Kevin Barry O’Donnell told me that he and his friends wanted the Troubles to come back. “The madness, the riots, the shooting, the bombings, everything,” he said of the 30 years of conflict between mostly Catholic republicans who wanted to reunite Northern Ireland with the Republic of Ireland and the mostly Protestant unionists who wanted it to remain a part of the United Kingdom.
I was interviewing Mr. O’Donnell in 2017 for a film I was making about life after the Troubles. He was 16 years old and living in Derry, the city in Northern Ireland that was famous as both the site of the conflict’s beginning and one of its worst atrocities, the killing of 14 Catholics by British soldiers in 1972 in an event known as Bloody Sunday.
Mr. O’Donnell remembered none of it. The Troubles officially ended in 1998 with the signing of the Good Friday Agreement — before he was born. But he expressed a potent nostalgia.
Twenty-one years later, it seems as if the madness has returned. Last week, Lyra McKee, a brilliant 29-year-old journalist, was shot dead during an anti-police riot in Derry. Mr. O’Donnell had dismissed paramilitaries to me as “hoods with guns,” but like him, many of the rioters were teenagers born after the 1998 agreement.
A group of dissident republicans who refused to support the Good Friday Agreement, the New Irish Republican Army, accepted responsibility for the killing in a statement on Tuesday. Ms. McKee’s killing was the latest violent incident in Derry associated with such dissidents. Four men have been shot there “by appointment” since February. A car bomb exploded outside a courthouse in January. Last month, dissident republicans claimed responsibility for three “suspicious” devices sent to addresses in Britain.
Ms. McKee’s killing is a terrible loss for Northern Ireland. One tragic irony is that she was one of the few to articulate the frustrations of the generation that came of age after the Troubles. “We were the Good Friday Agreement generation, destined to never witness the horrors of war but to reap the spoils of peace,” she wrote in 2016 when statistics revealed that more people had died by suicide in Northern Ireland than were killed during the conflict. “The spoils just never seemed to reach us.”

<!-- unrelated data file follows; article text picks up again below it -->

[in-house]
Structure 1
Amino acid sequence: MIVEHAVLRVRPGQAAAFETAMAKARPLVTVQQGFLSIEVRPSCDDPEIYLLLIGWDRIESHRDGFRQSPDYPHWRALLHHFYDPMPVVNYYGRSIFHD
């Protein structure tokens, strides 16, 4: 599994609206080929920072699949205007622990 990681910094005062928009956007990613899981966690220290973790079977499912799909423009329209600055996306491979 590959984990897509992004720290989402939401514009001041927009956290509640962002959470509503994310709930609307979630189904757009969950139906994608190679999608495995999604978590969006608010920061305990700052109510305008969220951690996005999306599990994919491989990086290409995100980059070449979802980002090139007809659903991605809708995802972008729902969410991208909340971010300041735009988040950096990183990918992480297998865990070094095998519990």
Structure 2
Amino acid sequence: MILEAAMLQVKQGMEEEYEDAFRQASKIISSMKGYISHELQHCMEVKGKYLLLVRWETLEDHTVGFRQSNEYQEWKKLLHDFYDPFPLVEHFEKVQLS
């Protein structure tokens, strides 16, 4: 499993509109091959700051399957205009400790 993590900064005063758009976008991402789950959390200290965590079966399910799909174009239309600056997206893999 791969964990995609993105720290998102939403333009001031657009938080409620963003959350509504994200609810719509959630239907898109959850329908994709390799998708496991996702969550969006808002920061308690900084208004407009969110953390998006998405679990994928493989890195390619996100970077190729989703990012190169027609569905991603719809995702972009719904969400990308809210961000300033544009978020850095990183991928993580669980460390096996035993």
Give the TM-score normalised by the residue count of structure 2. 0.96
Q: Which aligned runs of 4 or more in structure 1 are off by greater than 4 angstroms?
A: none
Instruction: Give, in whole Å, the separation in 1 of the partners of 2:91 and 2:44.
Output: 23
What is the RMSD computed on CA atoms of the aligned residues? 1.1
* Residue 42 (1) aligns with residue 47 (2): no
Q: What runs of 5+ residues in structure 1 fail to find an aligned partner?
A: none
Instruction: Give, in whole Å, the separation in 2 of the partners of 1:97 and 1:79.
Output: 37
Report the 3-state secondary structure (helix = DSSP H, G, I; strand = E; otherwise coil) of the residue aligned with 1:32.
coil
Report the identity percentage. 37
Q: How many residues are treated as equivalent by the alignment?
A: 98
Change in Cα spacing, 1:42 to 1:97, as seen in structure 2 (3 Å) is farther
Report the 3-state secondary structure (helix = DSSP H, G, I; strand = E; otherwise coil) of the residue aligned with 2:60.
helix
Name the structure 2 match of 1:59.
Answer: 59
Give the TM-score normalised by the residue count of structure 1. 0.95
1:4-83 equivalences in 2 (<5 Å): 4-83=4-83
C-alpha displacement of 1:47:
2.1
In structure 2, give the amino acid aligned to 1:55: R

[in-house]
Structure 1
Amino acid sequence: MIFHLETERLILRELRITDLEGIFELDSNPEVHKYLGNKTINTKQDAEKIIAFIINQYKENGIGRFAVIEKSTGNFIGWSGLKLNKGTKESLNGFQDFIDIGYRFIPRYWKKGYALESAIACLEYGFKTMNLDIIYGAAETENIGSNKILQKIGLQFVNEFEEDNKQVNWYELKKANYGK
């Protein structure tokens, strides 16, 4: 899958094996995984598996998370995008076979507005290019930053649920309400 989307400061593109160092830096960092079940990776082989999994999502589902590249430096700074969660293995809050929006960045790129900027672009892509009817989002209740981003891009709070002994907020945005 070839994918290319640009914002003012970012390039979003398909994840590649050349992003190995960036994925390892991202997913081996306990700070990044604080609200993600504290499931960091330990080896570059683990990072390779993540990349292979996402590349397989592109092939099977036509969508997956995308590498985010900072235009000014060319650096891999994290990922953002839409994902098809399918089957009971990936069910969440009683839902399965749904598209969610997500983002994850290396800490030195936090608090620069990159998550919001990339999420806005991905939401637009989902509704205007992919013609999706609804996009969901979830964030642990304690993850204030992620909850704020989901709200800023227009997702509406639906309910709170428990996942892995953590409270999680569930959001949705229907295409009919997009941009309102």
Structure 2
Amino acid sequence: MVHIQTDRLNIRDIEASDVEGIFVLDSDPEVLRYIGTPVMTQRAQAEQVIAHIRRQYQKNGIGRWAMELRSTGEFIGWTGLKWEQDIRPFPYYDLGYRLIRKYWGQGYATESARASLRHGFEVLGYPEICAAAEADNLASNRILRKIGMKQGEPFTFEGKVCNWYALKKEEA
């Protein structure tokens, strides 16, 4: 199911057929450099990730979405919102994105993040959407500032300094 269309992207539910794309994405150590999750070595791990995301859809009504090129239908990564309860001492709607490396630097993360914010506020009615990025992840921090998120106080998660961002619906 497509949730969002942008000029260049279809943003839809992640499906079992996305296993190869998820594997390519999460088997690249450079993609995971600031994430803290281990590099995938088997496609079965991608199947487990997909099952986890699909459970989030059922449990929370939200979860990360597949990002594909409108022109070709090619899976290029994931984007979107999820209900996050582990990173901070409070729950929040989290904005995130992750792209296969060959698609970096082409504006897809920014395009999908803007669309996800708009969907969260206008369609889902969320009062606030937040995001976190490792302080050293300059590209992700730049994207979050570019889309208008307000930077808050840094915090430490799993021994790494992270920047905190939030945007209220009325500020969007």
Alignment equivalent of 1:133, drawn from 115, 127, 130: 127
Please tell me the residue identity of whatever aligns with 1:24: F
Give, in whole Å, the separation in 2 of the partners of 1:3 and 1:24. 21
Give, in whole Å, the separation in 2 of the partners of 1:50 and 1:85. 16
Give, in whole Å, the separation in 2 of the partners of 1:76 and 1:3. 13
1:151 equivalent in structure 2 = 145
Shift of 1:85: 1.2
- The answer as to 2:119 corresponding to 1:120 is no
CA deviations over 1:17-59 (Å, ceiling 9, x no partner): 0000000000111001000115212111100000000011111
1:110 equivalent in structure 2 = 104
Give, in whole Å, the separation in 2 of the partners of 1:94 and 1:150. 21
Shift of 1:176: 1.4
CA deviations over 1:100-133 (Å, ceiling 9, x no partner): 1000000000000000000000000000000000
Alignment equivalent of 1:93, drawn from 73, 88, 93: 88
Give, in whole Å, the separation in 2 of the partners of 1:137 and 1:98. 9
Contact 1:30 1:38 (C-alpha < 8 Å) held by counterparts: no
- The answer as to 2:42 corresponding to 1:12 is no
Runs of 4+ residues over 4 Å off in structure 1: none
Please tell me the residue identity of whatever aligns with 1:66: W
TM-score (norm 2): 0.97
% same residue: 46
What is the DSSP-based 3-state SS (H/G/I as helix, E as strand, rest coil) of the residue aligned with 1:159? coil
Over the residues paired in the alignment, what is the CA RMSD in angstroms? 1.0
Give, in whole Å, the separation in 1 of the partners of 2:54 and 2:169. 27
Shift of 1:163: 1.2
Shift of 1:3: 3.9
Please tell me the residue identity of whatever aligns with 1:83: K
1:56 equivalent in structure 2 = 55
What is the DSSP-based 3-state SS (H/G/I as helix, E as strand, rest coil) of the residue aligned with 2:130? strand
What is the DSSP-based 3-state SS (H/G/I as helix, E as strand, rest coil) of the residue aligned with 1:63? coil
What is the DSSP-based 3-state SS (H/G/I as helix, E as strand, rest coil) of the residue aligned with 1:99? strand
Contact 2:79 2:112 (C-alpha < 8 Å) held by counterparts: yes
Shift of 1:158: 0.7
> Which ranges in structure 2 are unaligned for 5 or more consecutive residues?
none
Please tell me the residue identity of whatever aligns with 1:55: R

The headlines have gone away, but violence has continued at a low level. Symptoms akin to post-traumatic stress disorder were undiagnosed, and the effects were passed to younger generations. Drug abuse, alcoholism and suicide are common. Derry ranked last in a 2017 report on the economic health of 57 cities across the United Kingdom. When I spent time there, it seemed as if some people were almost addicted to conflict. Small grievances could escalate into shooting. Even rumors of an insult could lead to retaliatory measures that would continue until the original unproven charge had then been forgotten. There was a genuine confusion between what was real and what was posturing.
An entire alternative justice system has persisted for some in Northern Ireland — Catholics who don’t recognize the authority of the police, the courts or the government of the United Kingdom. When Kevin Barry O’Donnell’s older brother, Philly, was accused of dealing drugs, their mother was ordered to bring Philly to be shot by dissident republican gunmen as punishment. There was no question of calling the police.
President Bill Clinton, who helped broker the Good Friday Agreement, anticipated some of this. In a 1999 phone call with Prime Minister Tony Blair, Mr. Clinton tried to warn his British counterpart about the fate of the men of Northern Ireland. “You’re asking them to put a little white bread sandwich in a lunchbox and go off to work at the factory,” Mr. Clinton said. “It’ll be hard for them.” Mr. Blair responded that he had “put some people to work on” the issue.
But it doesn’t seem as if many people did “go to work” on healing Northern Ireland. Two-thirds of children in Creggan, a heavily Catholic housing estate on the edge of Derry, are born into poverty. Somewhere along the way it was forgotten that both veterans of the Troubles and their children might crave the status and purpose the conflict provided. The news crews and big-name politicians lost interest, and these neighborhoods were allowed to fester. The radicalization of young men is unsurprising.
The “peace process” was the term used to describe the series of talks and concessions between opposing sides that led to the first I.R.A. cease-fire in Northern Ireland in 1994. But since the Good Friday Agreement, the idea of “process” has been forgotten. The rest of Britain — and the world — seems to think of Northern Ireland as a place that is either at peace or at war. The fears that war could break out again are unfounded; it’s just that the peace has always been violent.
The reality is that Northern Ireland exists in a precarious post-conflict state. It is a place of both pain and of recovery. It cannot be abandoned by Britain or the rest of the world. The politicians of the United Kingdom and Northern Ireland must lead, and we all must pay more attention to these communities. The stakes are too high, as the killing of Ms. McKee shows. Wars take a long time to end, and peace is a process that must be protected.
Sinead O’Shea is the writer and director of the film A Mother Brings Her Son to Be Shot.